Motherhood & Parenting

More Questions: Fear of Childbirth & Age of Confirmandi

I received two more questions the other day, which I’ll post below, as they’re good questions and interesting, too.

Question 1: Age of Confirmandi?

Hi Kim! Thank you for blogging!

It looks like some of your new confirmandi are pretty young.  How did you determine their readiness, and did you experience any resistance from the church because of age?

Response:

Thank you for the question.

Yes, it would appear that my children are young according to many bishops’ later age requirements for Confirmation.  (My children were confirmed at ages 13, 11, 11, 9, and 7.)  The Roman Rite, however, clearly states in both the Catechism of the Catholic Church (see paragraph 1319) and the Catechism of the Council of Trent (look under heading “Confirmation” and flip to the paragraph on “Proper Age”) that one need only reach the age of reason, which is stated at 7, prior to receiving Confirmation.  And that’s it.

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Consider owning both Catechisms–Trent and JPII’s.  Well, the Baltimore Catechism is great too.

Any bishop worth his salt will not deny anyone Confirmation, so long as he or she has reached the aforesaid age of reason.

Think of the Eastern Church, which does Confirmation immediately after Baptism because they wish to emphasize these Sacraments of Initiation and not to delay in distributing sanctifying grace.  Remember, Baptism gives one sanctifying grace and opens the doors to Salvation, while Confirmation pours out more sanctifying grace with the additional 7 Gifts of the Holy Spirit.  And both leave an indelible mark on the soul.

The question is then, why would anyone want to wait on this?  Either you have that grace and that beautiful mark on your soul or not.  And does it matter?  Yes.

The problem is that many Catholics in the Church see Confirmation as some sort of “graduation,” and so we have Catholics wrongly asking, “How do you know if your child is ready for Confirmation?”  Are we ever “ready” for any Sacrament?  Look, we do not ask our babies if they are ready for Baptism, and we do not ask them if they’re ready for Confirmation.  Naturally we prepare them as best as we can, but this is not some test.  Rather, we desire an outpouring of the Holy Spirit, and we’ll do everything we can to continue their education then and afterwards, forever and ever.  Amen.

Shoot, I’m still learning about Confirmation now at the ripe old age of 38.

Secondly, dear reader, you asked if our family received any opposition to receiving this Sacrament because of age?  Not in this diocese–the diocese of La Crosse, WI.  (May it please God to preserve our bishop for a long time.)  But I’m fairly certain I would have met with a silent storm of opposition in my prior diocese.  In the latter case, one can only politely ask and pray.  Or seek the Sacraments elsewhere.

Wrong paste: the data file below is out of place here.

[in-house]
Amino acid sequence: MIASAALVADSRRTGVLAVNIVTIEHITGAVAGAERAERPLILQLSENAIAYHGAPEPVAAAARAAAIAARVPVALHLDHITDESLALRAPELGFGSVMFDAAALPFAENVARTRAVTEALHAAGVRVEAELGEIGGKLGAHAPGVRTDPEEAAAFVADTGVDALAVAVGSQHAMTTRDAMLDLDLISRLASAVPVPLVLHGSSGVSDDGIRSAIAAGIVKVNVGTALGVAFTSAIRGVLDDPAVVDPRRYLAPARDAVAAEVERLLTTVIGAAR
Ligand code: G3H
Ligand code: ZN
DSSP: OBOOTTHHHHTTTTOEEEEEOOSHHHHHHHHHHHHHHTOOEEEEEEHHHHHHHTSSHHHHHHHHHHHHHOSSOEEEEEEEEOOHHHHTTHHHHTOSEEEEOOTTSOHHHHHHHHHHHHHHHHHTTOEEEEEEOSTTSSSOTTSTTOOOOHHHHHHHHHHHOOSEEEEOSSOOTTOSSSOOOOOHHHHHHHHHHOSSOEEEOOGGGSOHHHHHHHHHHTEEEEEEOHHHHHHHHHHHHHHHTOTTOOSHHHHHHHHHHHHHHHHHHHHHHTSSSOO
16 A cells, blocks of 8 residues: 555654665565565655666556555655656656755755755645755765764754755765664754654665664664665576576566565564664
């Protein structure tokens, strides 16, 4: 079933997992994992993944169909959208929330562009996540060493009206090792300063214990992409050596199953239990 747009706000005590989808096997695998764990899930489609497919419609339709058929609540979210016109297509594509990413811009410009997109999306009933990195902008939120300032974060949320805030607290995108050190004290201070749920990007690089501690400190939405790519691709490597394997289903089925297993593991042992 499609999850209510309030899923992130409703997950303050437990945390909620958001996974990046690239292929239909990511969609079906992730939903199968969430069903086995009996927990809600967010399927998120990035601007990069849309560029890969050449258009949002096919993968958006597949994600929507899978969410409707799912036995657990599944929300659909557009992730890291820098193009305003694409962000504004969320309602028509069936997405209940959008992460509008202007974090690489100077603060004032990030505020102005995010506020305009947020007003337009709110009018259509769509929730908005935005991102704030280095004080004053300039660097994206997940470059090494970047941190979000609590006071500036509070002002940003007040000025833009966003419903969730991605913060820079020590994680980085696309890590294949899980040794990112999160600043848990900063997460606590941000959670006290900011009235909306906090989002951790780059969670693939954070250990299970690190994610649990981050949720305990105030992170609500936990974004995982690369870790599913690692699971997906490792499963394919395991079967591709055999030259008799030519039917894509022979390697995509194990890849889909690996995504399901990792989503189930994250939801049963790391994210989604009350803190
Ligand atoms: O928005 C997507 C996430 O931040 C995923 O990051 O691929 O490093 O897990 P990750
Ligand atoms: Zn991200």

In the end, either these things matter, or they don’t, though.  If it were me–and it does pertain to our family too–I’d get these things done.  Now.  I’d ask myself, What did our bishop and priests do during all this Corona Madness Shutdown?  Did they close your Churches and quit administering Sacraments?  If so, what makes you think they won’t do it again, come Corona Version 2.0 this Fall or Winter?

As my father, an eminently sensible farmer, says,  “Make hay while the sun shines, Honey.”

Question 2: Advice for a Fearful Mother About to Give Birth?

Kim, do you have any advice for fear of childbirth? As a bit of background, I’m due any day with Baby #6. I’ve had 5 amazing natural births, and yet I’m here and TERRIFIED to give birth again myself. (Needless to say, I feel rather silly…) I’m trying to approach it from a spiritual standpoint, and yet a terrible anxiety remains. Have you ever experienced this, and do you have any advice?

Response:

First of all, congratulations on Baby #6!

Now to the question and a full disclosure: I personally have not experienced fear or anxiety for an impending labor and delivery.  This is likely because I emphatically dislike being pregnant, and so when labor and delivery come around, I couldn’t be happier.  In fact, I love it.

But you are not silly for struggling with these thoughts.  There are mothers–good mothers too–who do fear childbirth and for all kinds of reasons.  I think it’s natural to anxious about the whole thing.   I mean, it is rather a painful experience after all.